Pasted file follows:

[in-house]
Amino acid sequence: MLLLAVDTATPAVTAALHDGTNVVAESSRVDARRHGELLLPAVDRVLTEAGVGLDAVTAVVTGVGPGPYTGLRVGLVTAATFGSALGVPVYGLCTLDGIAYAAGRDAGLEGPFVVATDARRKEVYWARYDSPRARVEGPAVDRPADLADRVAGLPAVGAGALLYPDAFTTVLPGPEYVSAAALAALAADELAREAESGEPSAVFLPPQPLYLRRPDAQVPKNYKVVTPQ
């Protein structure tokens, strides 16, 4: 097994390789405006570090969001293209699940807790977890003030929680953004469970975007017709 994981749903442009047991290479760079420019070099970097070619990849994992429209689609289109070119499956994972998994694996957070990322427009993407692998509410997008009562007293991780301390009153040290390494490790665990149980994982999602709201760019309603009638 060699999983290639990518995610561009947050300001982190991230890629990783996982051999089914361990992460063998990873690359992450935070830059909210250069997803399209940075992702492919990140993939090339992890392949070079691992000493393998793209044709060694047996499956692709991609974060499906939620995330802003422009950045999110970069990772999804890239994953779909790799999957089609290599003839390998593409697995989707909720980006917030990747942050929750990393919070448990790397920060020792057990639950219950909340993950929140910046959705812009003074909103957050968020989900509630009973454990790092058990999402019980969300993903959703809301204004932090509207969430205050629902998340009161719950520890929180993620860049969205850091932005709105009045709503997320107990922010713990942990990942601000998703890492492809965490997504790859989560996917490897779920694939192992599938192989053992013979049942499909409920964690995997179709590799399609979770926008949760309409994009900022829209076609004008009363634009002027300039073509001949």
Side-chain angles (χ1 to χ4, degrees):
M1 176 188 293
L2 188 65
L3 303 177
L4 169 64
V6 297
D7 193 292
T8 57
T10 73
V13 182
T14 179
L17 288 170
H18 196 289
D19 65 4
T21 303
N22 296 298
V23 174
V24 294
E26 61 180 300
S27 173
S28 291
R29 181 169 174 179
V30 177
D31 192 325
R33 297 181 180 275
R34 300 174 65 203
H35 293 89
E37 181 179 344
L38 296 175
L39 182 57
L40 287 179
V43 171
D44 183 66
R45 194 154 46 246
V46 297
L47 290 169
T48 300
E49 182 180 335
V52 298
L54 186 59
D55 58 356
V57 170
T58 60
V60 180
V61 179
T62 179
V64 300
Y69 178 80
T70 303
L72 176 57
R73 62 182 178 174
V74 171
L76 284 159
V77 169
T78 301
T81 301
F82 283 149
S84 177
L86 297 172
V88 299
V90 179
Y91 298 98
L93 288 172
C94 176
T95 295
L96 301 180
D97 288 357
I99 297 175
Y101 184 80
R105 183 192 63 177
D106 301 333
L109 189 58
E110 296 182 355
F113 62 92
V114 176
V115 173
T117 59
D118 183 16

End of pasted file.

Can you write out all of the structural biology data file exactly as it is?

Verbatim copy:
[in-house]
Amino acid sequence: MLLLAVDTATPAVTAALHDGTNVVAESSRVDARRHGELLLPAVDRVLTEAGVGLDAVTAVVTGVGPGPYTGLRVGLVTAATFGSALGVPVYGLCTLDGIAYAAGRDAGLEGPFVVATDARRKEVYWARYDSPRARVEGPAVDRPADLADRVAGLPAVGAGALLYPDAFTTVLPGPEYVSAAALAALAADELAREAESGEPSAVFLPPQPLYLRRPDAQVPKNYKVVTPQ
């Protein structure tokens, strides 16, 4: 097994390789405006570090969001293209699940807790977890003030929680953004469970975007017709 994981749903442009047991290479760079420019070099970097070619990849994992429209689609289109070119499956994972998994694996957070990322427009993407692998509410997008009562007293991780301390009153040290390494490790665990149980994982999602709201760019309603009638 060699999983290639990518995610561009947050300001982190991230890629990783996982051999089914361990992460063998990873690359992450935070830059909210250069997803399209940075992702492919990140993939090339992890392949070079691992000493393998793209044709060694047996499956692709991609974060499906939620995330802003422009950045999110970069990772999804890239994953779909790799999957089609290599003839390998593409697995989707909720980006917030990747942050929750990393919070448990790397920060020792057990639950219950909340993950929140910046959705812009003074909103957050968020989900509630009973454990790092058990999402019980969300993903959703809301204004932090509207969430205050629902998340009161719950520890929180993620860049969205850091932005709105009045709503997320107990922010713990942990990942601000998703890492492809965490997504790859989560996917490897779920694939192992599938192989053992013979049942499909409920964690995997179709590799399609979770926008949760309409994009900022829209076609004008009363634009002027300039073509001949």
Side-chain angles (χ1 to χ4, degrees):
M1 176 188 293
L2 188 65
L3 303 177
L4 169 64
V6 297
D7 193 292
T8 57
T10 73
V13 182
T14 179
L17 288 170
H18 196 289
D19 65 4
T21 303
N22 296 298
V23 174
V24 294
E26 61 180 300
S27 173
S28 291
R29 181 169 174 179
V30 177
D31 192 325
R33 297 181 180 275
R34 300 174 65 203
H35 293 89
E37 181 179 344
L38 296 175
L39 182 57
L40 287 179
V43 171
D44 183 66
R45 194 154 46 246
V46 297
L47 290 169
T48 300
E49 182 180 335
V52 298
L54 186 59
D55 58 356
V57 170
T58 60
V60 180
V61 179
T62 179
V64 300
Y69 178 80
T70 303
L72 176 57
R73 62 182 178 174
V74 171
L76 284 159
V77 169
T78 301
T81 301
F82 283 149
S84 177
L86 297 172
V88 299
V90 179
Y91 298 98
L93 288 172
C94 176
T95 295
L96 301 180
D97 288 357
I99 297 175
Y101 184 80
R105 183 192 63 177
D106 301 333
L109 189 58
E110 296 182 355
F113 62 92
V114 176
V115 173
T117 59
D118 183 16